corianderadder, bladder, khaddar, ladder, madder •Esmeralda, Valda •scaffolder • lambda •Amanda, Aranda, Baganda, Banda, brander, candour (US candor), coriander, dander, expander, gander, germander, goosander, jacaranda, Leander, Luanda, Lysander, meander, memoranda, Menander, Miranda, oleander, panda, pander, philander, propaganda, Rwanda, sander, Skanda, stander, Uganda, understander, Vanda, veranda, withstander, zander •backhander • Laplander • stepladder •inlander • outlander • Netherlander •overlander • gerrymander •pomander •calamander, salamander •bystander •ardour (US ardor), armada, Bader, cadre, carder, cicada, Dalriada, enchilada, Garda, gelada, Granada, Haggadah, Hamada, intifada, lambada, larder, Masada, Nevada, panada, piña colada, pousada, promenader, retarder, Scheherazade, Theravada, Torquemada, tostada •Alexander, commander, demander, Lahnda, slander •Pravda • autostrada

Cite this article
Pick a style below, and copy the text for your bibliography.

  • MLA
  • Chicago
  • APA

"coriander." Oxford Dictionary of Rhymes. . Encyclopedia.com. 18 Nov. 2018 <https://www.encyclopedia.com>.

"coriander." Oxford Dictionary of Rhymes. . Encyclopedia.com. (November 18, 2018). https://www.encyclopedia.com/humanities/dictionaries-thesauruses-pictures-and-press-releases/coriander

"coriander." Oxford Dictionary of Rhymes. . Retrieved November 18, 2018 from Encyclopedia.com: https://www.encyclopedia.com/humanities/dictionaries-thesauruses-pictures-and-press-releases/coriander

Learn more about citation styles

Citation styles

Encyclopedia.com gives you the ability to cite reference entries and articles according to common styles from the Modern Language Association (MLA), The Chicago Manual of Style, and the American Psychological Association (APA).

Within the “Cite this article” tool, pick a style to see how all available information looks when formatted according to that style. Then, copy and paste the text into your bibliography or works cited list.

Because each style has its own formatting nuances that evolve over time and not all information is available for every reference entry or article, Encyclopedia.com cannot guarantee each citation it generates. Therefore, it’s best to use Encyclopedia.com citations as a starting point before checking the style against your school or publication’s requirements and the most-recent information available at these sites:

Modern Language Association

http://www.mla.org/style

The Chicago Manual of Style

http://www.chicagomanualofstyle.org/tools_citationguide.html

American Psychological Association

http://apastyle.apa.org/

Notes:
  • Most online reference entries and articles do not have page numbers. Therefore, that information is unavailable for most Encyclopedia.com content. However, the date of retrieval is often important. Refer to each style’s convention regarding the best way to format page numbers and retrieval dates.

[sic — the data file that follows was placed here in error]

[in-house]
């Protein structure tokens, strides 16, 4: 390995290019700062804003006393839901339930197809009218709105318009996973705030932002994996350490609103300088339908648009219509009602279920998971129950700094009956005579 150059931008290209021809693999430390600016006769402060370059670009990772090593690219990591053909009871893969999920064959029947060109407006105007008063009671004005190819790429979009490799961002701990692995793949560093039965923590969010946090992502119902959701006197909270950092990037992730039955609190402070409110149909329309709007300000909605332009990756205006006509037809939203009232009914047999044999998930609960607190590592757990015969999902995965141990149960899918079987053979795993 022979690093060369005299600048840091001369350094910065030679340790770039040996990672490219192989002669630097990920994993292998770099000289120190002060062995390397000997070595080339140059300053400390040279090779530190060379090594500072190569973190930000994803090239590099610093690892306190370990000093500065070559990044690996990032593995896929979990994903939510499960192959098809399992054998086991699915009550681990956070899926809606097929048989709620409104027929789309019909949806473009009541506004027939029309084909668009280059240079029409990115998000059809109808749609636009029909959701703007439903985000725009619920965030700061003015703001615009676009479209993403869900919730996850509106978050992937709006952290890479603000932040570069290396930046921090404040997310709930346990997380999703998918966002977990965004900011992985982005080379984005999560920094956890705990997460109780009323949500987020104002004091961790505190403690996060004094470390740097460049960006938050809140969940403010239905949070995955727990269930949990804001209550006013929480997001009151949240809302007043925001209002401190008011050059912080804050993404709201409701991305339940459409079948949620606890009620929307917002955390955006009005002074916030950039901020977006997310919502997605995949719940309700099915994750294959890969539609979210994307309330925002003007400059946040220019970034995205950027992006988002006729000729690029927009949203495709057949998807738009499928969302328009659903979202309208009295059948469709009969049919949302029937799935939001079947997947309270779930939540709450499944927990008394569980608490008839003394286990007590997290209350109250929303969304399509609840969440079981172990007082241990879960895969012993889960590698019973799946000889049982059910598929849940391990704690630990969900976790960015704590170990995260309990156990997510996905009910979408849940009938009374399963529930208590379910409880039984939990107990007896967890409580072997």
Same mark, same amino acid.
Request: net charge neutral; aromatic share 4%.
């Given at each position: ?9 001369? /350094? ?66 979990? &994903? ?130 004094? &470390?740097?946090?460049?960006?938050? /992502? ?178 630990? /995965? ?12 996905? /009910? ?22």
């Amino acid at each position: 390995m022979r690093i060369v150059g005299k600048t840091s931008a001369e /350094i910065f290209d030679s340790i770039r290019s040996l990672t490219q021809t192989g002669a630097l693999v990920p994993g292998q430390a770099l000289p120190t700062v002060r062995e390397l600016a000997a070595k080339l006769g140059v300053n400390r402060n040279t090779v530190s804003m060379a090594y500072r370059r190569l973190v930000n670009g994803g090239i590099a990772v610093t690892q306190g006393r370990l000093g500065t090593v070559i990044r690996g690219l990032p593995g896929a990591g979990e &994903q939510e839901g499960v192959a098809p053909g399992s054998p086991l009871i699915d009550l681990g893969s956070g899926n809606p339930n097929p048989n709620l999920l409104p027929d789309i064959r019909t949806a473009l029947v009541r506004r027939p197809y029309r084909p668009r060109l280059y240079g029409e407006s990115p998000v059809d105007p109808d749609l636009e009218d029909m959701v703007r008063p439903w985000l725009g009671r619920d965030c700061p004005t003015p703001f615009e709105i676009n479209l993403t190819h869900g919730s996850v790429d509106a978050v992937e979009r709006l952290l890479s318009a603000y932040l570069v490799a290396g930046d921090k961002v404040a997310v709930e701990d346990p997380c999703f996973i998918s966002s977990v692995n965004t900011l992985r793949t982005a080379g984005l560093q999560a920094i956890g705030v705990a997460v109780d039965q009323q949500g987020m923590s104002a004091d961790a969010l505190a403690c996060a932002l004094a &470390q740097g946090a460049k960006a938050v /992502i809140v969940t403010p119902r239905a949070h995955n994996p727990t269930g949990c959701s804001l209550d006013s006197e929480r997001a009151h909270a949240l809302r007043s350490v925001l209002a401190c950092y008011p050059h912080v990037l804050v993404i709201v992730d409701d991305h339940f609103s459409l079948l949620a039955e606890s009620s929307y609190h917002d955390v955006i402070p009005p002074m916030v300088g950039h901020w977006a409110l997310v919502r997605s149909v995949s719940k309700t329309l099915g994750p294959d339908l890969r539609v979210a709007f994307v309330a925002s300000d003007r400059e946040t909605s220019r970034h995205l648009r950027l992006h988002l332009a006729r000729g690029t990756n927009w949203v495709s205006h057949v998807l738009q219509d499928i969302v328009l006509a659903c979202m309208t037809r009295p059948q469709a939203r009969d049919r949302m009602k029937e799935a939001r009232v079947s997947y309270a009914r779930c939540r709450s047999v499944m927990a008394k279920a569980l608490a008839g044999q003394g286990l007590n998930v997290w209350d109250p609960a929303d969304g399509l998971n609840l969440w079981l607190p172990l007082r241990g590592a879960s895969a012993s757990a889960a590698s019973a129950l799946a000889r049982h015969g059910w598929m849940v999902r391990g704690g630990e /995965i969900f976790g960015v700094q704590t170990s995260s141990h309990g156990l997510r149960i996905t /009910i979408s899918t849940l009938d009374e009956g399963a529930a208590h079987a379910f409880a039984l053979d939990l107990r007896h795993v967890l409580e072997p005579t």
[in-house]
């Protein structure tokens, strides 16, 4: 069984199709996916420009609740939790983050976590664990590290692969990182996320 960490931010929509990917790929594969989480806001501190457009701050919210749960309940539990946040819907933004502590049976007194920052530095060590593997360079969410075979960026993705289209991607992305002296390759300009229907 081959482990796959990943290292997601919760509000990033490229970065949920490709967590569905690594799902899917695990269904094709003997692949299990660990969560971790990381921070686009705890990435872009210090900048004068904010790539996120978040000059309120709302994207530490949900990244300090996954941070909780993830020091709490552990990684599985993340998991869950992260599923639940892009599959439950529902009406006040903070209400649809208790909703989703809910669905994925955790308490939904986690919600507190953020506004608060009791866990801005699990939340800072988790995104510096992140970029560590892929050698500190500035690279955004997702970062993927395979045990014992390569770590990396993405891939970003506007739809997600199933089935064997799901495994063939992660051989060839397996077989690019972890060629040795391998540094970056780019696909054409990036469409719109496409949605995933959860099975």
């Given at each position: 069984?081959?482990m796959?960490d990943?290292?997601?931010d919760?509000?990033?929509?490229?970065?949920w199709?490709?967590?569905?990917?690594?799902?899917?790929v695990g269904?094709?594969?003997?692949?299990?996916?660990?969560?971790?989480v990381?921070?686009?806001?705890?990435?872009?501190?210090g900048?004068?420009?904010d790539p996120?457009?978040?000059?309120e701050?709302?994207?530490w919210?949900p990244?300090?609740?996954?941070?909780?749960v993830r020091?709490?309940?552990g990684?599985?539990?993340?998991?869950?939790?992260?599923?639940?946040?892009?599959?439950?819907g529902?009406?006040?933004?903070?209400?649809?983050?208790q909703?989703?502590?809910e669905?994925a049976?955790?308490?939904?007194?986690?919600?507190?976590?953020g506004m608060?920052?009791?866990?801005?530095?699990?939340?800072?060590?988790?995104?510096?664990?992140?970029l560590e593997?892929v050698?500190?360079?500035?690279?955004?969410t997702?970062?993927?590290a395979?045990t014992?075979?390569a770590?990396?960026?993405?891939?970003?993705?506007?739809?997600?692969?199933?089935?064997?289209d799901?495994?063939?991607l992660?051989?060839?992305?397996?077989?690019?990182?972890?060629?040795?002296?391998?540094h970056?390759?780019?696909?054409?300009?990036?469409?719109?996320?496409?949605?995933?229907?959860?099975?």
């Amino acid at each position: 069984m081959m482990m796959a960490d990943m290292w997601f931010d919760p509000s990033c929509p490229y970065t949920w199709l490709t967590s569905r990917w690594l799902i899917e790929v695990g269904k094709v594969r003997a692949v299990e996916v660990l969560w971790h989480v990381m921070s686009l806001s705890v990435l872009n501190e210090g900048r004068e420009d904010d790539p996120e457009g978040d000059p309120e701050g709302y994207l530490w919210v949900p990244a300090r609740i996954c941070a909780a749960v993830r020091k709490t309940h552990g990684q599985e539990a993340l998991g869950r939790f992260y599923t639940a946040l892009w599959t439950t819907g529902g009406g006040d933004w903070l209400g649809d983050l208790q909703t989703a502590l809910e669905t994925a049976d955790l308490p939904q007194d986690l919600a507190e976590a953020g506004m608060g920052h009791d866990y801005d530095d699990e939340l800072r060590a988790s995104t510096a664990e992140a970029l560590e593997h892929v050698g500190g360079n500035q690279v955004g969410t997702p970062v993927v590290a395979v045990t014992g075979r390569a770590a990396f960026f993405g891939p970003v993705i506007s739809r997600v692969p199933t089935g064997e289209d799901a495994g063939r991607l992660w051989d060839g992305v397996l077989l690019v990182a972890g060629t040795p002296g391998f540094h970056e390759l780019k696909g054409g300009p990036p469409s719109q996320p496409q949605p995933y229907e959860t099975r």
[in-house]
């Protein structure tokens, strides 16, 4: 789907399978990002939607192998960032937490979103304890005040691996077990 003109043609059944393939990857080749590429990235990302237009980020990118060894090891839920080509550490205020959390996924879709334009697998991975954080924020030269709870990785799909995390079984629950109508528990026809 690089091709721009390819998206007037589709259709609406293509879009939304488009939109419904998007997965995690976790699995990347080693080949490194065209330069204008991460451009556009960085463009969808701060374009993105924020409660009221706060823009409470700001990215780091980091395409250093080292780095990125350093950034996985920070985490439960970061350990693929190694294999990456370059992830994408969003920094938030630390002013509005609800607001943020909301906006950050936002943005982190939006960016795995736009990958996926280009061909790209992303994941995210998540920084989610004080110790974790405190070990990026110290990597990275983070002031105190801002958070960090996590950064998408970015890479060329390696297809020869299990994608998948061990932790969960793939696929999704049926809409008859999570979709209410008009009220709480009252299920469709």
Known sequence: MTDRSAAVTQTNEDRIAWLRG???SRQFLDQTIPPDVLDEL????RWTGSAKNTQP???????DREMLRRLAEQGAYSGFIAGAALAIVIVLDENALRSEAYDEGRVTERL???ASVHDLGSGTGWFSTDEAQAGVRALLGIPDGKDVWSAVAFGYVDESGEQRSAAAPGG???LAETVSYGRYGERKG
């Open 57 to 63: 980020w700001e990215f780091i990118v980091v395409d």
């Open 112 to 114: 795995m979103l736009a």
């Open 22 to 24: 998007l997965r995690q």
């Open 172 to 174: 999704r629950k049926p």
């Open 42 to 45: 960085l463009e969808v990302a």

• In addition to the MLA, Chicago, and APA styles, your school, university, publication, or institution may have its own requirements for citations. Therefore, be sure to refer to those guidelines when editing your bibliography or works cited list.

Coriander

CORIANDER

CORIANDER , plant called gad in the Bible and kusbar in the Mishnah and the Targum Pseudo-Jonathan. The *manna is described as being "like coriander seed, white" (Ex. 16:31), and "like coriander seed, and in color it was like bdellium" (Num. 11:7). Rashi stresses that the comparison is "in respect of the roundness" and not of the color of coriander, which is not white. It is the Coriandrum sativum, an annual plant of the Umbelliferae family; it has white flowers arranged in umbels and globular beige or brown fruit, and its leaves and fruit are used as a spice. It grows wild in the Judean mountains but not in Galilee, which explains the statement of the Talmud that the inhabitants used to mock the Galileans for setting such high store upon coriander (kusbar), saying: "Kusbar, kusbarta, who classed you among the spices?" (tj, Dem. 1:1, 21d). Since its seed has a pungent taste, it was used for adulterating pepper (Tosef., bb 5:6). The eating of coriander was regarded as ensuring "fleshy children" (Ket. 61a).

bibliography:

J. Feliks, Olam ha-Ẓome'aḥ ha-Mikra'i (1957), 180; idem, Kilei Zera'im ve-Harkavah (1967), 62f.; Loew, Flora, 3 (1924), 441f.

[Jehuda Feliks]

Cite this article
Pick a style below, and copy the text for your bibliography.

  • MLA
  • Chicago
  • APA

"Coriander." Encyclopaedia Judaica. . Encyclopedia.com. 18 Nov. 2018 <https://www.encyclopedia.com>.

"Coriander." Encyclopaedia Judaica. . Encyclopedia.com. (November 18, 2018). https://www.encyclopedia.com/religion/encyclopedias-almanacs-transcripts-and-maps/coriander

"Coriander." Encyclopaedia Judaica. . Retrieved November 18, 2018 from Encyclopedia.com: https://www.encyclopedia.com/religion/encyclopedias-almanacs-transcripts-and-maps/coriander

Learn more about citation styles

Citation styles

Encyclopedia.com gives you the ability to cite reference entries and articles according to common styles from the Modern Language Association (MLA), The Chicago Manual of Style, and the American Psychological Association (APA).

Within the “Cite this article” tool, pick a style to see how all available information looks when formatted according to that style. Then, copy and paste the text into your bibliography or works cited list.

Because each style has its own formatting nuances that evolve over time and not all information is available for every reference entry or article, Encyclopedia.com cannot guarantee each citation it generates. Therefore, it’s best to use Encyclopedia.com citations as a starting point before checking the style against your school or publication’s requirements and the most-recent information available at these sites:

Modern Language Association

http://www.mla.org/style

The Chicago Manual of Style

http://www.chicagomanualofstyle.org/tools_citationguide.html

American Psychological Association

http://apastyle.apa.org/

Notes:
  • Most online reference entries and articles do not have page numbers. Therefore, that information is unavailable for most Encyclopedia.com content. However, the date of retrieval is often important. Refer to each style’s convention regarding the best way to format page numbers and retrieval dates.
  • In addition to the MLA, Chicago, and APA styles, your school, university, publication, or institution may have its own requirements for citations. Therefore, be sure to refer to those guidelines when editing your bibliography or works cited list.